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The Version class in .Net does not implement the CompareTo interface as I would expect, it seems to handle the compare alphanumerically instead of comparing the four numbers. Maybe not a bug, but a 'feature'.

Can anyone shine a light on why the compare (and also the standard <, = and > operators) do not work as I would expect below?

    Dim MainVersion As New Version("1.1.3251.4029")
    Dim Ver_Low As New Version("1.1")
    Dim Ver_Same As New Version("1.1.3251.4029")
    Dim Ver_High As New Version("1.1.5.0")

    ' CompareTo here yields 1 which is expected as MainVersion is greater than Ver_Low.
    MessageBox.Show(String.Format("{0}.CompareTo({1}) = {2}", MainVersion.ToString(), Ver_Low.ToString(), MainVersion.CompareTo(Ver_Low).ToString()))

    ' CompareTo here yields 0 which is expected as MainVersion and Ver_Same are the same.
    MessageBox.Show(String.Format("{0}.CompareTo({1}) = {2}", MainVersion.ToString(), Ver_Same.ToString(), MainVersion.CompareTo(Ver_Same).ToString()))

    ' **** Issue here **** CompareTo here yields 1 which is NOT expected as MainVersion is less than Ver_High.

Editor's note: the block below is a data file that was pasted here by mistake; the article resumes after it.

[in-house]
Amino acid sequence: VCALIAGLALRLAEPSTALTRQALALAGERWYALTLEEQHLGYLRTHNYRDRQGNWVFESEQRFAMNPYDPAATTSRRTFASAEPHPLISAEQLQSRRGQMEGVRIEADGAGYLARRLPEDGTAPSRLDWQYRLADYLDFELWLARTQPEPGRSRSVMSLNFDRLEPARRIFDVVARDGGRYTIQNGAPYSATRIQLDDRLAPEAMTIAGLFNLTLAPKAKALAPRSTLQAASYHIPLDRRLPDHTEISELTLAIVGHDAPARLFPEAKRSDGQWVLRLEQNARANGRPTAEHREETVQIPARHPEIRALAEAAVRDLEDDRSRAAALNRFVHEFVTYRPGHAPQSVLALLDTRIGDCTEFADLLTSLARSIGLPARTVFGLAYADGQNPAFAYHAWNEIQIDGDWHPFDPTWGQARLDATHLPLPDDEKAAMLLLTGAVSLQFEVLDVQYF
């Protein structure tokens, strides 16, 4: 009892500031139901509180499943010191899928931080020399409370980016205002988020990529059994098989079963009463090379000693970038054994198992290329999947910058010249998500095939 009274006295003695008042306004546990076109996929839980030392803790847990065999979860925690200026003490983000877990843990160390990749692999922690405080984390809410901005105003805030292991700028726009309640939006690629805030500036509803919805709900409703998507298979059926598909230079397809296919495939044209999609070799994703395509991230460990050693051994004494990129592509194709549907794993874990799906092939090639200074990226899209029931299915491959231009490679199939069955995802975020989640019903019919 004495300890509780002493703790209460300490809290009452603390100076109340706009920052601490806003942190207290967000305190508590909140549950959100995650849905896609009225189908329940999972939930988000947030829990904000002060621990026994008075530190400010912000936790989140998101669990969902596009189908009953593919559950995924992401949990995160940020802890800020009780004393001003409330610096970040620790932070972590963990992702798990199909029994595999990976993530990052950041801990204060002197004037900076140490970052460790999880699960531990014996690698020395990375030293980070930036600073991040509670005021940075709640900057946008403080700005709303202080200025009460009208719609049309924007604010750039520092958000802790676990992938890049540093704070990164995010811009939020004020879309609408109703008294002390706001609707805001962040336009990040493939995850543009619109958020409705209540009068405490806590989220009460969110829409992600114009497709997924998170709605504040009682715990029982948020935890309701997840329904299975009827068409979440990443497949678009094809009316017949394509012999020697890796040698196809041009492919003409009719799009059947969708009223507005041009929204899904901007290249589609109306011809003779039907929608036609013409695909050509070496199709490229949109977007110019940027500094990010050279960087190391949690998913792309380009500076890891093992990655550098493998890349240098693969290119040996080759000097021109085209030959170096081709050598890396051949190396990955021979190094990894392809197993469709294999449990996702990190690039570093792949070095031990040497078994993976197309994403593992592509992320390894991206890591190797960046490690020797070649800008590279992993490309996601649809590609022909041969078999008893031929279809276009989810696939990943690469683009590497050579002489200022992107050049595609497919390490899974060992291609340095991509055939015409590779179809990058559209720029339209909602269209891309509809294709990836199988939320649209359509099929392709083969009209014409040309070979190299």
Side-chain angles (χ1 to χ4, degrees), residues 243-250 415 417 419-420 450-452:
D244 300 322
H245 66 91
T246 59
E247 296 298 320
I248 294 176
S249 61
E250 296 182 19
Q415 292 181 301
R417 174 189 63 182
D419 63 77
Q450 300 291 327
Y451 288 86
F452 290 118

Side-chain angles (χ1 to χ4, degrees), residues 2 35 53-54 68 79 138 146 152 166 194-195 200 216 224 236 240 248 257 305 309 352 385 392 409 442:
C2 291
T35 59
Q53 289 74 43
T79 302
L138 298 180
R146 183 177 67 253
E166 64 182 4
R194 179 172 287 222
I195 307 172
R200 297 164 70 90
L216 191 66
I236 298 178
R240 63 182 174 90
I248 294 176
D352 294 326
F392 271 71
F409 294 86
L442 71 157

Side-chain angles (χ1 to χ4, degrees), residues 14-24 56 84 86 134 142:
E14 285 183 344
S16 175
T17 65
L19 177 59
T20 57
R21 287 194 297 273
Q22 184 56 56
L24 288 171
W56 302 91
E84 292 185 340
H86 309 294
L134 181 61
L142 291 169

MessageBox.Show(String.Format("{0}.CompareTo({1}) = {2}", MainVersion.ToString(), Ver_High.ToString(), MainVersion.CompareTo(Ver_High).ToString()))

I know people have done their own manual workarounds for this, I'd like to know if this is by design or it should work and I might be doing something dumb.

Thanks in advance

Ryan

Update: I was doing something subtly dumb and treating them in the same was as IP addresses. For example; 1.1.3023.5364 is greater than 1.1.5 but 1.1.3023.5364 is < than 1.1.5000.

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up vote 4 down vote accepted

No, it's comparing the four parts, treating each as a number. Which is the bigger number: 5 or 3251? Surely it's 3251. Therefore version 1.1.3251.* is "newer" (i.e. greater) than 1.1.5.*.

If you've got 1.1.3251 coming before 1.1.5, then you're effectively using a single number (the "build" part) as a sequence of digits. That's a mistake.

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I just checked using Reflector and I agree that is what it is doing, it does take some getting your head round it when you are used to thinking in terms of IP addresses with each quad being multipled. Anyway, thanks for your clarification. –  Ryan O'Neill Nov 25 '08 at 11:53
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